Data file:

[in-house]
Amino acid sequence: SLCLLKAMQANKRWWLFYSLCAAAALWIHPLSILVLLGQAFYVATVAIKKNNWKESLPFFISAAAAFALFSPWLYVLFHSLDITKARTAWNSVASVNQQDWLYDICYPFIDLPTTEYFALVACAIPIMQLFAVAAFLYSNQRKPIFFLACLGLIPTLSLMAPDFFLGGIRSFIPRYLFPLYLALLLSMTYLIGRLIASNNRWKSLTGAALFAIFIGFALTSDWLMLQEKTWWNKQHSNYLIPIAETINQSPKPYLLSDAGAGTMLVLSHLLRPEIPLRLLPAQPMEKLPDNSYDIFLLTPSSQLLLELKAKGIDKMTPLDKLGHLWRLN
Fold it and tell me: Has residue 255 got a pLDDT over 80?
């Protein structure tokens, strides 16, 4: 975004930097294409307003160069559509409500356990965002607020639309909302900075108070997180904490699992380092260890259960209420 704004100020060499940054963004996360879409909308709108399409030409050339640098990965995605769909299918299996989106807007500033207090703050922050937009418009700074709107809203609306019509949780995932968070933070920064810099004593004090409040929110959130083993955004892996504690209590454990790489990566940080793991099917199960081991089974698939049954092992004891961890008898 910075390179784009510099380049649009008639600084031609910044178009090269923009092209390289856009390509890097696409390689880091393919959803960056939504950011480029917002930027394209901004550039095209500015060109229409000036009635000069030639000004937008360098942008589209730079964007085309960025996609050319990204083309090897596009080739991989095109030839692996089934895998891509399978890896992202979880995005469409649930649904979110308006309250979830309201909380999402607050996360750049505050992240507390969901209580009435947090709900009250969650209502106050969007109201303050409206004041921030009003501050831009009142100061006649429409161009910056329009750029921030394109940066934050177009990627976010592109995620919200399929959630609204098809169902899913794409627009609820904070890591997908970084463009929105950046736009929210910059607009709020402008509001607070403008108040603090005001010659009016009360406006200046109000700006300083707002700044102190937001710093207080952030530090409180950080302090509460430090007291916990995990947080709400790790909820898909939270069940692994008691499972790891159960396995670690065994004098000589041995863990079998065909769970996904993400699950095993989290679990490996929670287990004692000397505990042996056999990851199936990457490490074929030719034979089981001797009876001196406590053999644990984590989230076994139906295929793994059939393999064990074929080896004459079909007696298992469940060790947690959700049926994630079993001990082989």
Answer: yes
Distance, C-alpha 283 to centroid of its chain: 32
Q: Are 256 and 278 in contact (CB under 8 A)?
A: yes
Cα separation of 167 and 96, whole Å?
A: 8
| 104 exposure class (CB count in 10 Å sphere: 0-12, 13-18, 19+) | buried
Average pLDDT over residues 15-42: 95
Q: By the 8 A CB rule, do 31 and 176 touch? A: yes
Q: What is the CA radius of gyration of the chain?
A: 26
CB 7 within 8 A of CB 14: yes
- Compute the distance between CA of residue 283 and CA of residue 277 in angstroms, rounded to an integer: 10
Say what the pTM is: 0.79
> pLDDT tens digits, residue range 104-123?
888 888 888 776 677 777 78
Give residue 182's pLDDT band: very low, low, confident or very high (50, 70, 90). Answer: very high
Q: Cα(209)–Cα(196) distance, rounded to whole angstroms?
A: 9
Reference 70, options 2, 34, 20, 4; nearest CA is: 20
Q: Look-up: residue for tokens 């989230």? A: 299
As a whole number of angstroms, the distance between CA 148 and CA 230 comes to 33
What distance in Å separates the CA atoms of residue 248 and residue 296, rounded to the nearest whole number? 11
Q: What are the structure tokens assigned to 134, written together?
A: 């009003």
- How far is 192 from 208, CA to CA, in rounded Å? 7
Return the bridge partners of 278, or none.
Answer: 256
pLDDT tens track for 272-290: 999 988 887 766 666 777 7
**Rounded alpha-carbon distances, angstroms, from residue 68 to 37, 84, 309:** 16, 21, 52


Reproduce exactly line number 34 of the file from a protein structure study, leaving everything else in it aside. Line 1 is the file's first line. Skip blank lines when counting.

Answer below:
**Rounded alpha-carbon distances, angstroms, from residue 68 to 37, 84, 309:** 16, 21, 52